You issue a check for the $50 in interest and deposit it into your checking account. Later Will figures out that he can form a corporation that will issue the interest payments “for the Bank.” The Bank of course has no idea that Jack Pension is supposed to have $1,000 more in his savings account than he really does. Or, maybe the Bank does know because what Will Faraday is doing is well known to the officers of the bank. Will’s “personal service” is bringing in lots of new customers.
Because you already have deposited money on a regular basis into your savings account there is plenty of money there to cover your withdrawal of the $50 in interest you thought you earned from the bank. But truth be told, the $50 came from Will Faraday’s account and was deposited in your account not as interest from the Bank but as repayment of the money Will Faraday took from you. Or, Will played the odds and simply didn’t deposit the interest at all knowing there was enough money in the savings account from your multiple deposits from deposits in prior months and years.
Bottom Line: The number of transactions and amount of money involved in this scheme is already mind boggling. From a simple “favor” of depositing $1,000 into your savings account like you do every month, Will Faraday has taken your money, taken another $1,000 from his brother, acquired TV and stereo equipment worth $850. Carl has paid $1,000 to Will which he has kept and accepted a note for $1,000 from Will, his brother. The note as a negotiable instrument is the same as cash so we have another $1,000 in “cash” created. Carl negotiates the note to Sally with another $1,000 changing hands. $4,850 in “funds” were created and changed hands in this simple deal.
It doesn’t take long before Will Faraday starts doing more “favors” and running deposits from other people in his neighborhood and then all over town. With over a thousand “depositors” he has created almost 5 million dollars in transactions — per month!
He is able to pay Sally the $1,000 plus interest in full without touching the original money because people are giving him “deposits” all over town. And he and his brother are issuing notes all over town that promise to pay interest 20%-30% higher than market rates. Instead of 5% at the Bank they are offering 6%, 7% or even 8%. It is high, but not so high that everyone would know there is something wrong.
This is the essence of a PONZI scheme. As long as people keep giving deposits for their savings account to Will Faraday he can pay the interest expected by the “depositor” without raising any suspicion.
If you or one of the other “depositors” comes in and wants to withdraw all their money, Will Faraday simply explains to them there was an error in posting and hands them their money (secretly transferring the shortfall from one of his own accounts).
But if everyone stops giving Will Faraday deposits then it is only a matter of a short period of time before the shortage becomes obvious and he goes to jail — unless of course he can’t be caught because he has taken up citizenship in a country that does not recognize extradition OR, more likely, the Bank that was used realizes it could be sued for negligent supervision — it knew that Will Faraday was paid $25,000 per year but it saw his various individual and new corporate accounts swell into tens of millions of dollars.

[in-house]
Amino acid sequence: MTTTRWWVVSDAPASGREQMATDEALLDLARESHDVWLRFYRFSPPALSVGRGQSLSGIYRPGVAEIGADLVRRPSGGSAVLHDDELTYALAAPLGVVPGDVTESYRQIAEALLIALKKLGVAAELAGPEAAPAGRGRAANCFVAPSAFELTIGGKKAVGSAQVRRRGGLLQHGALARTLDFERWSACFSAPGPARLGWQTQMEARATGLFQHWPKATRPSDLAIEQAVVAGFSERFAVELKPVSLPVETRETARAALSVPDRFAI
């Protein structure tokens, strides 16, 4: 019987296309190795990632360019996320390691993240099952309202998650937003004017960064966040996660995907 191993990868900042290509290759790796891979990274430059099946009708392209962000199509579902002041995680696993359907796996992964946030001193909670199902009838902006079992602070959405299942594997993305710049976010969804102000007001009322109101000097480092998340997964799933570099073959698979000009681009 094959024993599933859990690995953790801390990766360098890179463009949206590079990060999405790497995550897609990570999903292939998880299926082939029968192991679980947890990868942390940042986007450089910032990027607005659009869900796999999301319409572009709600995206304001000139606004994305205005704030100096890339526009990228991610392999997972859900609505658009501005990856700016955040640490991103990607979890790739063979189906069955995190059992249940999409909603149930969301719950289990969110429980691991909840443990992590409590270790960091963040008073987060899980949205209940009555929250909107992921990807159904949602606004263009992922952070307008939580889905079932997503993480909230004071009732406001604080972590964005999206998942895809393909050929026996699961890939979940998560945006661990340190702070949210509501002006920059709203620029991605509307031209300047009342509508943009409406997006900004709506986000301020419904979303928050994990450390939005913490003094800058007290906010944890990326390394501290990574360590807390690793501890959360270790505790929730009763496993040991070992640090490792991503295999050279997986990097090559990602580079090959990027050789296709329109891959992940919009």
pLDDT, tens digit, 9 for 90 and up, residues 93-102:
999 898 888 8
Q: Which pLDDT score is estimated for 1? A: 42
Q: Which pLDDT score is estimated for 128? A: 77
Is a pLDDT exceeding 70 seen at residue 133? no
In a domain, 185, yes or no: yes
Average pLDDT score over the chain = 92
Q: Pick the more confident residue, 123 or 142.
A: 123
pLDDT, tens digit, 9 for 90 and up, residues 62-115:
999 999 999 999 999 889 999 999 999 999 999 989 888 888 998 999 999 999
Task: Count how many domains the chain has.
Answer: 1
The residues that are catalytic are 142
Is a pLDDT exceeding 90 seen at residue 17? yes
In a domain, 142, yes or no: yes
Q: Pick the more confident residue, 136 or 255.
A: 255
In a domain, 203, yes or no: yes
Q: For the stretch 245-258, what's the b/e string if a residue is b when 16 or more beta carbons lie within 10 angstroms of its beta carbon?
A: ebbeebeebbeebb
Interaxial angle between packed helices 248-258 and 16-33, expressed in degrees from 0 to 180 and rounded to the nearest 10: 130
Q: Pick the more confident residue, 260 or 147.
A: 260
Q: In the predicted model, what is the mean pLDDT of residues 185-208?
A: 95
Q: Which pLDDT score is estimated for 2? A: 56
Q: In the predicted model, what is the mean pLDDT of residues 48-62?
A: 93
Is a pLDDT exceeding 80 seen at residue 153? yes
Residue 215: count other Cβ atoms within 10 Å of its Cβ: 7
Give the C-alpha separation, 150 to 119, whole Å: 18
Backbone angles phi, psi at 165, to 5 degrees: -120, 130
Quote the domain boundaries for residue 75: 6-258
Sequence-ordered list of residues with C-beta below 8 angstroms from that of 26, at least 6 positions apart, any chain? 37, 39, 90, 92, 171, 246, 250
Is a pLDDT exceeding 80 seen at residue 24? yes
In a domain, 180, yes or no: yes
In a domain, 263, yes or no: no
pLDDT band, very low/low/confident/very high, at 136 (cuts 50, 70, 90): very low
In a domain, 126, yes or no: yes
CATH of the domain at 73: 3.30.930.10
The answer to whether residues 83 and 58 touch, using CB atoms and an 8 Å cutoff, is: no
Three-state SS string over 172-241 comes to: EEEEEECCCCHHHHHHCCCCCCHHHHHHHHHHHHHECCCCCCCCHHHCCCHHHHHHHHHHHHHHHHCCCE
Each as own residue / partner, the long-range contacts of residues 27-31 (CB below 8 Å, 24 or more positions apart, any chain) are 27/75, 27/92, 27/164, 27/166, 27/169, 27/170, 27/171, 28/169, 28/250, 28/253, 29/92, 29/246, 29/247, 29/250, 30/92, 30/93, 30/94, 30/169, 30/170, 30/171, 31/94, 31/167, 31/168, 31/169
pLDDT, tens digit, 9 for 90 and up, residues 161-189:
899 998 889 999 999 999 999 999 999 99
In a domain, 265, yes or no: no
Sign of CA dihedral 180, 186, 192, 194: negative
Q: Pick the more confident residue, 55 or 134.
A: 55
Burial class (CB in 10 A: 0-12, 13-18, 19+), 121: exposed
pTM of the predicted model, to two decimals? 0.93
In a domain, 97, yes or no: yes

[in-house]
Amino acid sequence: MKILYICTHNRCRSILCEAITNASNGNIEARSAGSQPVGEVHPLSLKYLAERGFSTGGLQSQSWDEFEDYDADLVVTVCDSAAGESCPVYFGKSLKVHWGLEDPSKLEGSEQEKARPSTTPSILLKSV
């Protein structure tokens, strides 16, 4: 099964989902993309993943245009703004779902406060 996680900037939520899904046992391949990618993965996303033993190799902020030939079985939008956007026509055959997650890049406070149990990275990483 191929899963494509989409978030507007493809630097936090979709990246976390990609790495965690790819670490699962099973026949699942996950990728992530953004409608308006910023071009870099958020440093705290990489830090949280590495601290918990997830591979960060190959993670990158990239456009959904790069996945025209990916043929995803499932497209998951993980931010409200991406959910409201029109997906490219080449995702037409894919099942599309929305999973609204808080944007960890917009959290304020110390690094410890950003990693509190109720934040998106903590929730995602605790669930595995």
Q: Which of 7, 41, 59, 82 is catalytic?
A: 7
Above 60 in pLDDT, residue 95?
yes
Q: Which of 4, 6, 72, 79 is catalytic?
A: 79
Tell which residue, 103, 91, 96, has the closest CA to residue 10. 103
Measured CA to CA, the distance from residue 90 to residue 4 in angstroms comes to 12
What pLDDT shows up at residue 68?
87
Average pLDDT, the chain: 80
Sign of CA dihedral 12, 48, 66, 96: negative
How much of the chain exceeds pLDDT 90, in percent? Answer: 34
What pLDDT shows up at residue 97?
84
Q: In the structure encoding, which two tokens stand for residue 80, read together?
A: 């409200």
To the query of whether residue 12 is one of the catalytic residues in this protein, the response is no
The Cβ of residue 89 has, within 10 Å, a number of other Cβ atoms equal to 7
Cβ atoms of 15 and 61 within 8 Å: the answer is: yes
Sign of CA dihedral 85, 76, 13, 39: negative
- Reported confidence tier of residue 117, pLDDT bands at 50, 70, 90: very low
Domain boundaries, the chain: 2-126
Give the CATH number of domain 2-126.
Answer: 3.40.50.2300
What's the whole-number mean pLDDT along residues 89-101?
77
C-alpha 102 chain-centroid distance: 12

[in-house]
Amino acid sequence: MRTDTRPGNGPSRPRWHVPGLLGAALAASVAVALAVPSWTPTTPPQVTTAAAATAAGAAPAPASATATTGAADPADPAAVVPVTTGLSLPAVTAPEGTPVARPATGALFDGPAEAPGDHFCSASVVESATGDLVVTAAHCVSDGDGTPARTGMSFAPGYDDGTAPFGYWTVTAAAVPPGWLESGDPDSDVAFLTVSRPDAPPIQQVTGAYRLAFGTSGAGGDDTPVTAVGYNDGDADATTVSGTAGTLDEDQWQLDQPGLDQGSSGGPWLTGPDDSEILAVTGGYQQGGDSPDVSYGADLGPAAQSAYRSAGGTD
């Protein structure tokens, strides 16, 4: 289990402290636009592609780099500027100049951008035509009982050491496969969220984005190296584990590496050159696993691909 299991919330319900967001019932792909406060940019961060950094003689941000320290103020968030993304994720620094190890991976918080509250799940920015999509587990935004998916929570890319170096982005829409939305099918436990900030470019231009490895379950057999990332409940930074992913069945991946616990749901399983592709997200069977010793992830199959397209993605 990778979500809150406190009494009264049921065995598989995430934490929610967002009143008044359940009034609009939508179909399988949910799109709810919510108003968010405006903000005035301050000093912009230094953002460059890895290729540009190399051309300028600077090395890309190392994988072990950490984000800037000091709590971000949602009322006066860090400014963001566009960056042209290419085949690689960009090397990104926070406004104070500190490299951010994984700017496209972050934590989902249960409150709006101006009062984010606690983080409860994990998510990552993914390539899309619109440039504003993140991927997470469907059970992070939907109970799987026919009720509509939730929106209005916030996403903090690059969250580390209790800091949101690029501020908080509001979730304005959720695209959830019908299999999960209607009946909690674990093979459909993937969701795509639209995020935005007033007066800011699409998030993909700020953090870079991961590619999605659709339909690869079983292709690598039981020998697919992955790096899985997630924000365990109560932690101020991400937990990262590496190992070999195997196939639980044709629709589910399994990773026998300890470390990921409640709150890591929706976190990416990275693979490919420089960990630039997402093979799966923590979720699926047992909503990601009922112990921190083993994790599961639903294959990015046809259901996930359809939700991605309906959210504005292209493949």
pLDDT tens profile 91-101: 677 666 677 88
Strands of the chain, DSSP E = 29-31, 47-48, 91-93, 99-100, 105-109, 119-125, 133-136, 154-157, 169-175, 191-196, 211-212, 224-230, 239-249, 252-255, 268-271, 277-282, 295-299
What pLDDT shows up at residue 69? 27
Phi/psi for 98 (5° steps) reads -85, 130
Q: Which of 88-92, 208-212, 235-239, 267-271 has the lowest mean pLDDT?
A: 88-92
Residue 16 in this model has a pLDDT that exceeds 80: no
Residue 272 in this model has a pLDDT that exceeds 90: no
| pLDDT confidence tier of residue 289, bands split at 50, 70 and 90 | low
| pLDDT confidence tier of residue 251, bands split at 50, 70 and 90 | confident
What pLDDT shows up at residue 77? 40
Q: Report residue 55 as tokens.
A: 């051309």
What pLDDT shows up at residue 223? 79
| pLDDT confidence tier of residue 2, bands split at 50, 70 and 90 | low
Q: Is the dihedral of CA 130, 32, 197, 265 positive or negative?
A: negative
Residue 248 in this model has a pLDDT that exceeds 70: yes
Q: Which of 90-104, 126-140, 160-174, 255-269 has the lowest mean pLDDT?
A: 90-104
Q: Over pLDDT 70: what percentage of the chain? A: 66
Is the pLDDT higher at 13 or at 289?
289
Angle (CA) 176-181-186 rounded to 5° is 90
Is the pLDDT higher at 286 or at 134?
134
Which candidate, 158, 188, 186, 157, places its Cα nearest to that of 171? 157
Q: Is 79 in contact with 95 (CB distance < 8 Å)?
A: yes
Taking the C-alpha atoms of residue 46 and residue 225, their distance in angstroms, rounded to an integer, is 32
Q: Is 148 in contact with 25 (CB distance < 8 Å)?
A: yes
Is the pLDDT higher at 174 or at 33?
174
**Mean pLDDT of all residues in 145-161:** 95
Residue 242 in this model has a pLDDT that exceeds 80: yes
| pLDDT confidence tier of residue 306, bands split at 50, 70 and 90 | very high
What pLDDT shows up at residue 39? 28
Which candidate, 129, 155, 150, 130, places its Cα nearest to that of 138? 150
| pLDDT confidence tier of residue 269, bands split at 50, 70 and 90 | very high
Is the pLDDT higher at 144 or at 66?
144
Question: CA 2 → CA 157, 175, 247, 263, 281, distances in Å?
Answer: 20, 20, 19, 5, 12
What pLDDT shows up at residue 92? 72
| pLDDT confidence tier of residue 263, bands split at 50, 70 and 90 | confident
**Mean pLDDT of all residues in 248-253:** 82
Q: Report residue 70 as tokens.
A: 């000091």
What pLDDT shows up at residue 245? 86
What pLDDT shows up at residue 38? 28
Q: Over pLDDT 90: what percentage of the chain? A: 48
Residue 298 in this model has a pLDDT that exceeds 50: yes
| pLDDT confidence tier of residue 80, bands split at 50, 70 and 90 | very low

The Bank also knows that being drawn into a scandal of this size would ruin the Bank and everyone would take their money out leaving the Bank insolvent — which nobody wants. So the Bank asserts its influence with prosecutors and the courts, and before charges are even brought there is a settlement in which some money is returned to the “depositors” and no charges are brought against the Bank or Will Faraday, even if he will never work in Banking again. To quiet down public outrage, Will Faraday throws his brother Carl Faraday under the bus, and Carl gets to spend 6 years in a minimum security prison for white collar criminals.
Is it theft? No because Will Faraday didn’t use a gun to take the money. Instead he used false promises, which is fraud. And when it comes to fraud, prosecutors are more likely to consider the matter to be a civil matter than a criminal one. But it might be theft if brother Carl had started trading in notes and buying insurance on the money Will owes him. But it would not be theft of money. In all probability, if it was theft, it would be theft of identity.
REALITY CHECK FOR MORTGAGE SECURITIZATION: If you substitute a pension fund for Jack Pension, and change the wording of the “deposit receipt” from Will Faraday and change the “promissory note” to a prospectus and pooling and servicing agreement, you will see that the Pension Fund expected the money to be deposited into a trust which in turn was supposed to buy mortgages, whose interest income would be higher than the usual market rates.